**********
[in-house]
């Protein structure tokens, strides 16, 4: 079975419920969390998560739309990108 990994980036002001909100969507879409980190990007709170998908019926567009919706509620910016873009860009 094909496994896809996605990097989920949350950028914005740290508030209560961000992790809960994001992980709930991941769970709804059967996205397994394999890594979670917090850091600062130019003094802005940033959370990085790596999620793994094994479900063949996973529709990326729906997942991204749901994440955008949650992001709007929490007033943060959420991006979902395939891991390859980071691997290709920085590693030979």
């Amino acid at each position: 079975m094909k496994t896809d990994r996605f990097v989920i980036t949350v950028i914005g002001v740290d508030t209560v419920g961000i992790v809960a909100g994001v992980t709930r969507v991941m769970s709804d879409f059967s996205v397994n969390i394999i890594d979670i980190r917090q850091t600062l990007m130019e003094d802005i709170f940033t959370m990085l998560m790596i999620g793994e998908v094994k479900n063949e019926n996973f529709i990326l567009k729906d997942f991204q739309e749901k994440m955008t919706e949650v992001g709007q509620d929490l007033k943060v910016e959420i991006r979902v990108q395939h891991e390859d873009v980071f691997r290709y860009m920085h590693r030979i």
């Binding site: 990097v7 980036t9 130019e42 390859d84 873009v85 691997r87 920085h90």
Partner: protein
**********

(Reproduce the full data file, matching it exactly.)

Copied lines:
[in-house]
């Protein structure tokens, strides 16, 4: 079975419920969390998560739309990108 990994980036002001909100969507879409980190990007709170998908019926567009919706509620910016873009860009 094909496994896809996605990097989920949350950028914005740290508030209560961000992790809960994001992980709930991941769970709804059967996205397994394999890594979670917090850091600062130019003094802005940033959370990085790596999620793994094994479900063949996973529709990326729906997942991204749901994440955008949650992001709007929490007033943060959420991006979902395939891991390859980071691997290709920085590693030979």
């Amino acid at each position: 079975m094909k496994t896809d990994r996605f990097v989920i980036t949350v950028i914005g002001v740290d508030t209560v419920g961000i992790v809960a909100g994001v992980t709930r969507v991941m769970s709804d879409f059967s996205v397994n969390i394999i890594d979670i980190r917090q850091t600062l990007m130019e003094d802005i709170f940033t959370m990085l998560m790596i999620g793994e998908v094994k479900n063949e019926n996973f529709i990326l567009k729906d997942f991204q739309e749901k994440m955008t919706e949650v992001g709007q509620d929490l007033k943060v910016e959420i991006r979902v990108q395939h891991e390859d873009v980071f691997r290709y860009m920085h590693r030979i």
């Binding site: 990097v7 980036t9 130019e42 390859d84 873009v85 691997r87 920085h90």
Partner: protein